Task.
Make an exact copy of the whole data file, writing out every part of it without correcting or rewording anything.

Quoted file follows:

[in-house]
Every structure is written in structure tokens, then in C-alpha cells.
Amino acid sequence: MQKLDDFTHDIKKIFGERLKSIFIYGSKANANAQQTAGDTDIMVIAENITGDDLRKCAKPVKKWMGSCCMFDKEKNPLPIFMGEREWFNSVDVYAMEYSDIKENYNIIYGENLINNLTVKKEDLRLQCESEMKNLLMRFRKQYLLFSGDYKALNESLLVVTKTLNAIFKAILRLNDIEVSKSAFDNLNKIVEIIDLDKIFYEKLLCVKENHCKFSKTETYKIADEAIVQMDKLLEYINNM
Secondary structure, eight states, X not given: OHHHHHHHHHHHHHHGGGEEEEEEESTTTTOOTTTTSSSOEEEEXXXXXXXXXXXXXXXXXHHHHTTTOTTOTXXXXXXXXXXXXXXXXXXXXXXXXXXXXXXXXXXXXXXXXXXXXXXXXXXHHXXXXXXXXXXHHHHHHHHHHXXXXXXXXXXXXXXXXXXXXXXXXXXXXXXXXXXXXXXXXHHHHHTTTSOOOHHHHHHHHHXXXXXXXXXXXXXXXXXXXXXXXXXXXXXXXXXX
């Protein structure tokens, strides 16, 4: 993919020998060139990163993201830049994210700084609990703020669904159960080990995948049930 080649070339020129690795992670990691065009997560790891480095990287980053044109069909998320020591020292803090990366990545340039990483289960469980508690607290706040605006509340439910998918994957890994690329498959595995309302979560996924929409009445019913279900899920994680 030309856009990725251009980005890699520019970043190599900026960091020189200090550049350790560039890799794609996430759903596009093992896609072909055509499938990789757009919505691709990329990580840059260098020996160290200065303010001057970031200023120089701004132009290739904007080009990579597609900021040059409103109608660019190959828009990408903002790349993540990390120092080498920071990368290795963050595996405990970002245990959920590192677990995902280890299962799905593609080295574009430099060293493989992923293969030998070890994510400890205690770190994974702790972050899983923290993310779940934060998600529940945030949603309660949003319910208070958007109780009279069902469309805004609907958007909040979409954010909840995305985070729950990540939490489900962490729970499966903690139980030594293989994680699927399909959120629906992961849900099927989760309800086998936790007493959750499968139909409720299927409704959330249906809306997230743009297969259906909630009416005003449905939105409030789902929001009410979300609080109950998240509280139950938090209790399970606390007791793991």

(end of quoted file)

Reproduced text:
[in-house]
Every structure is written in structure tokens, then in C-alpha cells.
Amino acid sequence: MQKLDDFTHDIKKIFGERLKSIFIYGSKANANAQQTAGDTDIMVIAENITGDDLRKCAKPVKKWMGSCCMFDKEKNPLPIFMGEREWFNSVDVYAMEYSDIKENYNIIYGENLINNLTVKKEDLRLQCESEMKNLLMRFRKQYLLFSGDYKALNESLLVVTKTLNAIFKAILRLNDIEVSKSAFDNLNKIVEIIDLDKIFYEKLLCVKENHCKFSKTETYKIADEAIVQMDKLLEYINNM
Secondary structure, eight states, X not given: OHHHHHHHHHHHHHHGGGEEEEEEESTTTTOOTTTTSSSOEEEEXXXXXXXXXXXXXXXXXHHHHTTTOTTOTXXXXXXXXXXXXXXXXXXXXXXXXXXXXXXXXXXXXXXXXXXXXXXXXXXHHXXXXXXXXXXHHHHHHHHHHXXXXXXXXXXXXXXXXXXXXXXXXXXXXXXXXXXXXXXXXHHHHHTTTSOOOHHHHHHHHHXXXXXXXXXXXXXXXXXXXXXXXXXXXXXXXXXX
């Protein structure tokens, strides 16, 4: 993919020998060139990163993201830049994210700084609990703020669904159960080990995948049930 080649070339020129690795992670990691065009997560790891480095990287980053044109069909998320020591020292803090990366990545340039990483289960469980508690607290706040605006509340439910998918994957890994690329498959595995309302979560996924929409009445019913279900899920994680 030309856009990725251009980005890699520019970043190599900026960091020189200090550049350790560039890799794609996430759903596009093992896609072909055509499938990789757009919505691709990329990580840059260098020996160290200065303010001057970031200023120089701004132009290739904007080009990579597609900021040059409103109608660019190959828009990408903002790349993540990390120092080498920071990368290795963050595996405990970002245990959920590192677990995902280890299962799905593609080295574009430099060293493989992923293969030998070890994510400890205690770190994974702790972050899983923290993310779940934060998600529940945030949603309660949003319910208070958007109780009279069902469309805004609907958007909040979409954010909840995305985070729950990540939490489900962490729970499966903690139980030594293989994680699927399909959120629906992961849900099927989760309800086998936790007493959750499968139909409720299927409704959330249906809306997230743009297969259906909630009416005003449905939105409030789902929001009410979300609080109950998240509280139950938090209790399970606390007791793991």